• Kaartinen, Timo (University of Illinois Press, 2013)
    The topic of this article is the reproduction of tradition among the Bandanese, an Eastern Indonesian people. I analyze the style and rhetoric of songs that tell about ancestral sea voyages. The question I address is what happens to the value of the songs as tradition when they turn from oral performances into circulating texts. I explore several contexts of performance and transmission and argue that the songs can be embedded in lived realities in different ways. By writing the songs down, the Bandanese reorganize their tradition into new genres of text and performance. Their metadiscourse of tradition affirms that these genres represent the exemplary, complete language of the ancestors. Although singers and writers affirm the artistic, textual, and cultural completeness of their arts, they are reluctant to pass on their knowledge in an already integrated form.
  • Strandin Tomas; Hepojoki Jussi; Wang Hao; Vaheri Antti; Lankinen Hilkka (2008)
    BACKGROUND: We have previously reported that the apathogenic Tula hantavirus induces apoptosis in Vero E6 epithelial cells. To assess the molecular mechanisms behind the induced apoptosis we studied the effects of hantavirus infection on cellular signaling pathways which promote cell survival. We previously also observed that the Tula virus-induced cell death process is augmented by external TNF-a ... [More]
  • HaploRec 
    Eronen, Lauri; Geerts, Floris; Toivonen, Hannu (BIOMED CENTRAL LTD, 2006)
  • Palta, Priit; Kaplinski, Lauris; Nagirnaja, Liina; Veidenberg, Andres; Moels, Maert; Nelis, Mari; Esko, Tonu; Metspalu, Andres; Laan, Maris; Remm, Maido (PUBLIC LIBRARY OF SCIENCE, 2015)
    DNA copy number variants (CNVs) that alter the copy number of a particular DNA segment in the genome play an important role in human phenotypic variability and disease susceptibility. A number of CNVs overlapping with genes have been shown to confer risk to a variety of human diseases thus highlighting the relevance of addressing the variability of CNVs at a higher resolution. So far, it has not been possible to deterministically infer the allelic composition of different haplotypes present within the CNV regions. We have developed a novel computational method, called PiCNV, which enables to resolve the haplotype sequence composition within CNV regions in nuclear families based on SNP genotyping microarray data. The algorithm allows to i) phase normal and CNV-carrying haplotypes in the copy number variable regions, ii) resolve the allelic copies of rearranged DNA sequence within the haplotypes and iii) infer the heritability of identified haplotypes in trios or larger nuclear families. To our knowledge this is the first program available that can deterministically phase null, mono-, di-, tri- and tetraploid genotypes in CNV loci. We applied our method to study the composition and inheritance of haplotypes in CNV regions of 30 HapMap Yoruban trios and 34 Estonian families. For 93.6% of the CNV loci, PiCNV enabled to unambiguously phase normal and CNV-carrying haplotypes and follow their transmission in the corresponding families. Furthermore, allelic composition analysis identified the co-occurrence of alternative allelic copies within 66.7% of haplotypes carrying copy number gains. We also observed less frequent transmission of CNV-carrying haplotypes from parents to children compared to normal haplotypes and identified an emergence of several de novo deletions and duplications in the offspring.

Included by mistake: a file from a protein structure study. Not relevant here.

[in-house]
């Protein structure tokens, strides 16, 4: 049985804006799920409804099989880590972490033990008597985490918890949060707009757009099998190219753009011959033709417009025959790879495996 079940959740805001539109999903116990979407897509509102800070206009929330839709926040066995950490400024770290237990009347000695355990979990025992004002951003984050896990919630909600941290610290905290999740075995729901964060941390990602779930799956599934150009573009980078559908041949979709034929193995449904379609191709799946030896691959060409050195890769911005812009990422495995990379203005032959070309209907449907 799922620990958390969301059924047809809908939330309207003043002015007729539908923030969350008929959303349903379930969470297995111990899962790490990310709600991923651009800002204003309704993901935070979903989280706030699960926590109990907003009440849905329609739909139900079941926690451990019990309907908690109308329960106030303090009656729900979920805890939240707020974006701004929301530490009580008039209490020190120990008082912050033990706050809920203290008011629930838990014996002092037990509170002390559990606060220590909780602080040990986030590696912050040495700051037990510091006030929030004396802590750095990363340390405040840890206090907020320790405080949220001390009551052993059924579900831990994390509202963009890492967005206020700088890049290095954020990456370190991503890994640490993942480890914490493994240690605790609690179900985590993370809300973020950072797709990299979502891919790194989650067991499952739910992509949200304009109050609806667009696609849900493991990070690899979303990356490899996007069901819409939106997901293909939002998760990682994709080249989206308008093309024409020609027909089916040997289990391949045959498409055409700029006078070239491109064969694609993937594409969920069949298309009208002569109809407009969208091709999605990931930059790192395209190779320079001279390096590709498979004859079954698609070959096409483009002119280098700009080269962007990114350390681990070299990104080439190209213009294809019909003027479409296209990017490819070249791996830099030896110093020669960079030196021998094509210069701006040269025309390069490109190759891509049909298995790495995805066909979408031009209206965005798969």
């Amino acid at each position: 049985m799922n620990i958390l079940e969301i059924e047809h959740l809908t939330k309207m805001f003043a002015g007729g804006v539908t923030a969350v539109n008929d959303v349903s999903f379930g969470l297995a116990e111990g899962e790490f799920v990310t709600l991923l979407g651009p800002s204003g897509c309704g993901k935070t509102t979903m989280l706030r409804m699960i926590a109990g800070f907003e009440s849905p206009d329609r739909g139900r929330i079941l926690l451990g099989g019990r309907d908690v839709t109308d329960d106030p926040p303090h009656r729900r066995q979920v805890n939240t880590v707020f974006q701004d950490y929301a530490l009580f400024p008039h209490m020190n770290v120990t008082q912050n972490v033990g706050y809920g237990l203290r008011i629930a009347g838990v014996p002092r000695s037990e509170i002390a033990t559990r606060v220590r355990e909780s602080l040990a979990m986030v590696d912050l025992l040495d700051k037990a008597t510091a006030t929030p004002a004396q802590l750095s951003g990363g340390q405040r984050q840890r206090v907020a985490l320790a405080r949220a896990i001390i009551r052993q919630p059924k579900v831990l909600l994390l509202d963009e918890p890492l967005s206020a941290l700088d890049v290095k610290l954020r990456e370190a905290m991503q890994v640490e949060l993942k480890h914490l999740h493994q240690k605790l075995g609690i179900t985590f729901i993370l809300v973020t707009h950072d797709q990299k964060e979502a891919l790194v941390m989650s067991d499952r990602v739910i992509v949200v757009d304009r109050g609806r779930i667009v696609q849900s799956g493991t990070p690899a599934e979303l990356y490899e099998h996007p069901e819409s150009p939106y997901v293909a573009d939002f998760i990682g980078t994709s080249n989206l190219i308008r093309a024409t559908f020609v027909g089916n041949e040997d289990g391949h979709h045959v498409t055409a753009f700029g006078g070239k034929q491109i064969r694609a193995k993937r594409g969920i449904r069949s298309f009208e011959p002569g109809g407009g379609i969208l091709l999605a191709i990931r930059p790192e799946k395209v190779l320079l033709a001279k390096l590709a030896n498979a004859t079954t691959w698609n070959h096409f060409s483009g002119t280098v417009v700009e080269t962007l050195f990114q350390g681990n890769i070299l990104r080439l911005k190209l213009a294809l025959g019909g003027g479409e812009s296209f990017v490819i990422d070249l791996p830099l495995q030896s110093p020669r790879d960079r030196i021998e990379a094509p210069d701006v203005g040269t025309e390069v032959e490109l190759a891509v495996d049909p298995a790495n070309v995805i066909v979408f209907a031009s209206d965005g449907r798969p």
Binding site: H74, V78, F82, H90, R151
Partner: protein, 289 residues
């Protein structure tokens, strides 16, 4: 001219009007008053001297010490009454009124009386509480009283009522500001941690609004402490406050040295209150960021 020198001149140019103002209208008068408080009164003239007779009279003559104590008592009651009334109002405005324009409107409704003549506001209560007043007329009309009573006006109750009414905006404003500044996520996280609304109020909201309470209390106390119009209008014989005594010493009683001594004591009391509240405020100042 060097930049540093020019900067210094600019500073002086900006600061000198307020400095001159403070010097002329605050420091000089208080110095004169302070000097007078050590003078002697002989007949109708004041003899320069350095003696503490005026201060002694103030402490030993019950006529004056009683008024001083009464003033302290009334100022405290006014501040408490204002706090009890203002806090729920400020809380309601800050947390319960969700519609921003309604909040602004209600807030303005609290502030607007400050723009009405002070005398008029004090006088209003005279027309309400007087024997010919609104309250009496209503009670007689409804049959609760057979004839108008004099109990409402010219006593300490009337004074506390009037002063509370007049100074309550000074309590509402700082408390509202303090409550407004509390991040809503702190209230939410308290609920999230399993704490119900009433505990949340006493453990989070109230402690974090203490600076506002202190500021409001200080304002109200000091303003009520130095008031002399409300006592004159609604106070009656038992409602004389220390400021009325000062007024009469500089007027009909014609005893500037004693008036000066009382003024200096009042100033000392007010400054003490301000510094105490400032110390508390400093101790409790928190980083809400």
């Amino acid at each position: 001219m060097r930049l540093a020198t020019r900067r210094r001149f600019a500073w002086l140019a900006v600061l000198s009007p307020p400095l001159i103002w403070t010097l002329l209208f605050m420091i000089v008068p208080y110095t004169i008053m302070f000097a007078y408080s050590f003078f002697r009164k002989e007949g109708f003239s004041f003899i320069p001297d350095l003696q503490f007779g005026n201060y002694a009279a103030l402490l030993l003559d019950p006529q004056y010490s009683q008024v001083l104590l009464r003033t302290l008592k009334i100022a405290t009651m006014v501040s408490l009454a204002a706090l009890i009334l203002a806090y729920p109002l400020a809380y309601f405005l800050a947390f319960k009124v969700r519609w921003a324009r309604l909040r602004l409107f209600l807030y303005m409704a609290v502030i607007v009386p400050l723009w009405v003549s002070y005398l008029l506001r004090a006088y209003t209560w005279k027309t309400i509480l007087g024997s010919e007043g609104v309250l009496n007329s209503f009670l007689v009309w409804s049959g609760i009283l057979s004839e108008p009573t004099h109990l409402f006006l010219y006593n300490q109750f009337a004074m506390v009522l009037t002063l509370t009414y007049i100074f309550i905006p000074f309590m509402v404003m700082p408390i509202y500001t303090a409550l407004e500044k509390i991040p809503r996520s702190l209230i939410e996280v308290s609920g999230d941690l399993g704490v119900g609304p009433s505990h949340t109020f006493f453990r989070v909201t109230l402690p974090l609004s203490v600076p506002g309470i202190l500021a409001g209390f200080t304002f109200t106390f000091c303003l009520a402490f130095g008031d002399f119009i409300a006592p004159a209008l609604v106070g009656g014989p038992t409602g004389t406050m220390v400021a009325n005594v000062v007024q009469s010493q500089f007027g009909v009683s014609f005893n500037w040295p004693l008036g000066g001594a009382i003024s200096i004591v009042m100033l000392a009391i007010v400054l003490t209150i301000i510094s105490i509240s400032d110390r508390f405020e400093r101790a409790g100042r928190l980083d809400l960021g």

• Mälksoo, Maria (University of Cambridge (Memory at War-research group), 2012)
  • Roinila, Markku (Eurooppalaisen filosofian seura, 2009)
  • Toivanen, Jukka; Järvisalo, Matti; Toivonen, Hannu (2013)
  • Sanz-Garcia, Andres; Oliver-De-La-Cruz, Jorge; Mirabet, Vicente; Gandia, Carolina; Villagrasa, Alejandro; Sodupe, Enrique; Escobedo-Lucea, Carmen (Cambridge University Press, 2015)
    Heart disease, including valve pathologies, is the leading cause of death worldwide. Despite the progress made thanks to improving transplantation techniques, a perfect valve substitute has not yet been developed: once a diseased valve is replaced with current technologies, the newly implanted valve still needs to be changed some time in the future. This situation is particularly dramatic in the case of children and young adults, because of the necessity of valve growth during the patient's life. Our review focuses on the current status of heart valve (HV) therapy and the challenges that must be solved in the development of new approaches based on tissue engineering. Scientists and physicians have proposed tissue-engineered heart valves (TEHVs) as the most promising solution for HV replacement, especially given that they can help to avoid thrombosis, structural deterioration and xenoinfections. Lastly, TEHVs might also serve as a model for studying human valve development and pathologies.
  • Voigt, H.-R. (Estonian Marine Institute, 2004)
  • Heliövaara, K.; Väisänen, R.; Kemppi, E.; Lodenius, M. (Entomologica Fennica ry., 1990)